If you’re like me, COVID has felt like being caught in an undertow on the beach. Being pulled into the ocean, coming up for gasps of air between waves before being repeatedly slammed back onto the beach and pulled out again. The waves seem to just keep coming. It has taken a toll on our companies, leaving us battered, beaten, weary, and in some cases a shell of what we used to be.
We are in the people business and it’s personally been very trying for me to see the impact it has had on the people who have chosen a career in catering and dedicated their lives to this industry. After talking to dozens of catering and special event companies, I believe staff retention is in a fragile spot. What companies and leaders choose to do now will have a lasting impact on their future success. Here are some of my takeaways from my experience and the conversations I’ve had.
Engagement is a priority…for some
The companies and employees I’ve talked to seem to be split on their approach to employee engagement. Many have acknowledged that they have more important things to worry about now or don’t feel right about bringing people together. On the flip side, there are a lot of companies that are doubling down on their engagement efforts with their current team members and those that are on furlough. Through newsletters, virtual happy hours, and informal meetups, companies are finding creative ways to engage with team members they don’t currently have work for—but hope to, soon. Some companies are also using this time to invest resources in training for their teams and making it a point to bring them together in new ways through both virtual and in-person platforms.
Swiss Army knives are in high demand
While companies previously had the luxury of paying specialists to fine tune a particular aspect of a company, they are now turning their attention to generalists who can make an impact via two or three skillsets. People who can contribute in a variety of ways have made themselves extremely valuable to many of the organizations I’ve spoken with. At Footers, for example, our décor manager used her previous culinary experience to help in the kitchen, took over photography responsibilities for the marketing department, and has been willing to work as an event lead. Team members are setting themselves apart from others with their ability and willingness to work outside of their normal responsibilities.
Burnout is a real concern
Cost cutting measures have led to people being asked to do more with fewer resources. They have had to deal with playing a game where the rules keep changing. The exhaustion from constantly trying to reinvent a business is taking its toll on owners and employees. When I asked one leader within a large off-premise catering company what the best part of their company culture was, she told me “honestly at this point in COVID, I’m not entirely sure. To be completely transparent, I’m very burnt out and not able to fully see the positivity or excitement.” As leaders, we must be aware of our own state of mind and take care of ourselves so that we are better able to respond to the needs of our teams. Failure to do so will result in good people walking out the door on their own accord.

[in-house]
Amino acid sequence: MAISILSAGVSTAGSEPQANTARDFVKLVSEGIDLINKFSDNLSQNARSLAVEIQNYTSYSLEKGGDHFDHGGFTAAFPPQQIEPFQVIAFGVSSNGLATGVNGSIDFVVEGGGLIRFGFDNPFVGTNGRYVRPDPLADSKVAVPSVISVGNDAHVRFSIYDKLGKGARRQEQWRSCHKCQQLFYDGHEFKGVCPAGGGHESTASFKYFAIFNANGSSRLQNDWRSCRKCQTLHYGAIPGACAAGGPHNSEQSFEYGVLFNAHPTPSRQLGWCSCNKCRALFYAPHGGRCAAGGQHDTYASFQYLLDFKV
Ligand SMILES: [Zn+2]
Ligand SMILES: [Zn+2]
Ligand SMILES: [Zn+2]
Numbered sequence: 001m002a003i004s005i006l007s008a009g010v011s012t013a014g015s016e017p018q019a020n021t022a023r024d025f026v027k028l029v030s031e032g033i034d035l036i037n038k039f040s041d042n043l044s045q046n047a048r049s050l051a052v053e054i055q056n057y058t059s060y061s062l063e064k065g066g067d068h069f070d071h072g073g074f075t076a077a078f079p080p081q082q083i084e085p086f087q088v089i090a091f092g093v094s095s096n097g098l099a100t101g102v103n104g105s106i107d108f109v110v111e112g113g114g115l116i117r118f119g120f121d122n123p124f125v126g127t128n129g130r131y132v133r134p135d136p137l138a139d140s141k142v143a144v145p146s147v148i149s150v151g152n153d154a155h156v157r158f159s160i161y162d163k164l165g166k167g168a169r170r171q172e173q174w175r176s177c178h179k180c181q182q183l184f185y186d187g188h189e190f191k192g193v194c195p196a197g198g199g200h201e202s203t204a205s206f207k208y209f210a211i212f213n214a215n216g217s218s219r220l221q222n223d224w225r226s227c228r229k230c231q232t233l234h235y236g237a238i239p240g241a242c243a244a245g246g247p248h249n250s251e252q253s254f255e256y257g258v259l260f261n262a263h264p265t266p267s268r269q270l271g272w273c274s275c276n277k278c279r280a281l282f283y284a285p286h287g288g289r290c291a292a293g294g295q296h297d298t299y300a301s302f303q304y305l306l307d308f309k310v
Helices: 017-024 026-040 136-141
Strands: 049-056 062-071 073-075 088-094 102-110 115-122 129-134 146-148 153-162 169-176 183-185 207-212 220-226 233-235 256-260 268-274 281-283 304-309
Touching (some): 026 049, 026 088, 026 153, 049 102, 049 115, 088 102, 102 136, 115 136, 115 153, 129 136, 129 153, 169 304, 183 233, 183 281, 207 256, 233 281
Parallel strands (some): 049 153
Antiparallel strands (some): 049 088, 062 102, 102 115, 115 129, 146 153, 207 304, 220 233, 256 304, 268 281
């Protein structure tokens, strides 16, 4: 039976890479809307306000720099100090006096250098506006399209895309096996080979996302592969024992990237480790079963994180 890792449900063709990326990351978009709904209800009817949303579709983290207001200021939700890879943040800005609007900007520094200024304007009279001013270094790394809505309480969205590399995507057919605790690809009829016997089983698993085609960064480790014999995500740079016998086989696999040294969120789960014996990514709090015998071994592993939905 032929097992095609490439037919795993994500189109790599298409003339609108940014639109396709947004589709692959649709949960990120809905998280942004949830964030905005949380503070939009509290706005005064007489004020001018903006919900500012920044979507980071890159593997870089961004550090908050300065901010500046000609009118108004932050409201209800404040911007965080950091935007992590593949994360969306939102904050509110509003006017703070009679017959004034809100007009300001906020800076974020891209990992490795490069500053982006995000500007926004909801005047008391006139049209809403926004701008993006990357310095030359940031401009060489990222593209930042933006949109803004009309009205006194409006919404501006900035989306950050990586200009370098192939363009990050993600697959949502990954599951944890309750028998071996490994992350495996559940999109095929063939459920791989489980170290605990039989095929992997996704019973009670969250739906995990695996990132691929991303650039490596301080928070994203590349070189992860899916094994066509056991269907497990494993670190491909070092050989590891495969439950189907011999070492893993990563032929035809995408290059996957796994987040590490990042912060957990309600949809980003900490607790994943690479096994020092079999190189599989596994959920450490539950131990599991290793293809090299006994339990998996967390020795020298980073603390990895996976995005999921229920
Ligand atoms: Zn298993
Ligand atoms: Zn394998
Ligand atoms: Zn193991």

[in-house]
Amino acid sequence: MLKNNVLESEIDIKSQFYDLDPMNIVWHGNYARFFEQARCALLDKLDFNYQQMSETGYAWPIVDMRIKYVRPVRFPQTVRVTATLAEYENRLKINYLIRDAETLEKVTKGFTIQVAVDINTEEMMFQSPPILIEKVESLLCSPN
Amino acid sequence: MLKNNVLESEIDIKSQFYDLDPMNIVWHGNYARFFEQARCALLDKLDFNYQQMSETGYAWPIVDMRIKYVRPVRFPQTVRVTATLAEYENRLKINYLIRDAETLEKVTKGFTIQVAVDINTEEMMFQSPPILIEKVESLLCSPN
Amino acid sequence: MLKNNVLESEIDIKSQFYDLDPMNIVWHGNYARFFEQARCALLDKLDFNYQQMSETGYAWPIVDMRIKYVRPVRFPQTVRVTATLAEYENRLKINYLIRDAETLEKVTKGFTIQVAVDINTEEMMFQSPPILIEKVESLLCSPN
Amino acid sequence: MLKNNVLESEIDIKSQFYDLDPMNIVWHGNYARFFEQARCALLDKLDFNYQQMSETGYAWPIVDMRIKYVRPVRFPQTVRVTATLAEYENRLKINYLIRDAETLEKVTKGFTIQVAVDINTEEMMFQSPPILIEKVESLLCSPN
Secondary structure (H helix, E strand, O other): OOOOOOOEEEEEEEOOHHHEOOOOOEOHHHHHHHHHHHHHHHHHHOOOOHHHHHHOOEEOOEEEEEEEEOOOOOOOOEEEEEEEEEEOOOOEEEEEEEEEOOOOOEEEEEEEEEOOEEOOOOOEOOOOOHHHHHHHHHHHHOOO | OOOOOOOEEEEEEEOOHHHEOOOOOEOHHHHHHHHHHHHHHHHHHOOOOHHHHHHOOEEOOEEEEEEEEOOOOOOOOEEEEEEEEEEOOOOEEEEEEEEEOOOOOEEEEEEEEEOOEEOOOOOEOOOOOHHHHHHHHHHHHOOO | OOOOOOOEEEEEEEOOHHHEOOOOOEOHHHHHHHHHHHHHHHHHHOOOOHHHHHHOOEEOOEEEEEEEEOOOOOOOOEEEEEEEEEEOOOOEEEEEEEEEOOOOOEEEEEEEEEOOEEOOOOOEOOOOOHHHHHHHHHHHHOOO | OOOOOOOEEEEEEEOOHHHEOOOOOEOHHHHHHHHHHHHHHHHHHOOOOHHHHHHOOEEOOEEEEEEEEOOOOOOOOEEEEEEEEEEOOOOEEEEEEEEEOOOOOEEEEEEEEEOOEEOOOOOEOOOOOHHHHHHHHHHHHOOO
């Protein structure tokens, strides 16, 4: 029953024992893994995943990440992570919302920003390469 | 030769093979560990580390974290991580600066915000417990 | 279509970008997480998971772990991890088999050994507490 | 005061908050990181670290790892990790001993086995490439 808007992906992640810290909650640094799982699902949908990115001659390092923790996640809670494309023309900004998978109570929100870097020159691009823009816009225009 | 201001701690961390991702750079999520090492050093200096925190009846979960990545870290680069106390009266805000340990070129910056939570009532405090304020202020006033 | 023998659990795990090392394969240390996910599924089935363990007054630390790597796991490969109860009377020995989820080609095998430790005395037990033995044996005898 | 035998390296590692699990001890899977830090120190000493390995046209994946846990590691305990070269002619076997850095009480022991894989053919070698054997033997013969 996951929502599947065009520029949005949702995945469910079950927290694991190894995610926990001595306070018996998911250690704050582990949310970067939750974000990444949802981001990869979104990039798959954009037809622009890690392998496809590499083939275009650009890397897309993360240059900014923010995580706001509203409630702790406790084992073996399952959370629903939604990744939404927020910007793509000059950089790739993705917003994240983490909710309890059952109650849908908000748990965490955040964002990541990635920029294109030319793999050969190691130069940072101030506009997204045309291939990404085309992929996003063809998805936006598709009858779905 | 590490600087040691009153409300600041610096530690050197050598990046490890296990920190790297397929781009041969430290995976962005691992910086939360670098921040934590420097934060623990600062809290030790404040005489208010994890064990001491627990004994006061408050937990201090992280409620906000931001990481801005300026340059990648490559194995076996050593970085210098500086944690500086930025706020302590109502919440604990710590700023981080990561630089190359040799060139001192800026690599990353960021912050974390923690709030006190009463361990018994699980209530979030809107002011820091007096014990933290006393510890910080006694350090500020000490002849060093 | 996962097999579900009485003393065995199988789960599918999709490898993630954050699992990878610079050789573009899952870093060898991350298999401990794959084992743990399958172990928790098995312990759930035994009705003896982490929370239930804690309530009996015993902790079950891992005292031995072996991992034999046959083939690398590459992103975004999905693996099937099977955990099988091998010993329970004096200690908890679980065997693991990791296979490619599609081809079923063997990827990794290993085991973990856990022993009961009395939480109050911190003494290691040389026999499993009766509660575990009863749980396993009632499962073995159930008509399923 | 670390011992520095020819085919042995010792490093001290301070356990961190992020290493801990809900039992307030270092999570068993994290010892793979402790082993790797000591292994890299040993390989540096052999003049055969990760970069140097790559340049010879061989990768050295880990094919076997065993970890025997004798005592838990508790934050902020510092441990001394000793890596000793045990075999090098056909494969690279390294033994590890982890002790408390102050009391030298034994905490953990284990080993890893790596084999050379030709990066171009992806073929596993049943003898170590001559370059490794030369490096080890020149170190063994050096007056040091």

The shared experience
Author and happiness researcher, Shawn Achor, created a documentary called “State of Play: Happiness.” In the film, he explored how to create a positive culture in organizations where the culture or conditions (like the military, police departments and the National Football League) make it difficult to talk about “happiness.” One of the conclusions they found was that stress made people feel more bonded with their organizations.
The team members that are left standing in our companies have been through a traumatic experience. They’ve had to say goodbye to friends they worked with and many have experienced survivor guilt. Layoffs and terminations have not been restricted to the lowest salaries. Many senior executives are no longer with their employers. The companies that are doing a reset with their core employees and seeing stress through a motivational lens are building stronger and more resilient organizations. Their teams are more bonded and committed than ever. Those companies are talking about vision, the path toward 2021 and beyond. They are acknowledging the challenges ahead without being irresponsibly optimistic. And they understand that stress needs to be a burden carried by the group, not an individual.
The dust is far from settling and there will still be companies that won’t survive. Many talented people have been furloughed, laid off, or were part of companies that have gone out of business. There is also a decade worth of college graduates that are learning what it means to want a job and not automatically be able to secure one. The labor market has swung in favor of employers in the hospitality industry and as unemployment benefits wind down, it will continue to move further in that direction. While I don’t know of many companies currently hiring again, there are some that are starting to strategize and prepare for that process. One company I talked with has revamped their company structure and the positions in their organizational chart, they have job ads already written, and a timeline with benchmarks for when they will hire those positions.
No one knows how long COVID will last, but if we believe it will eventually come to an end, then we have a responsibility to do our best to position our companies and teams to be ready for the day when it ceases to be a challenge. Despite the obstacles we continue to face, if we take this time to grow as leaders and lead with our hearts, we can create awesome places to work for our teams and build better organizations for the future.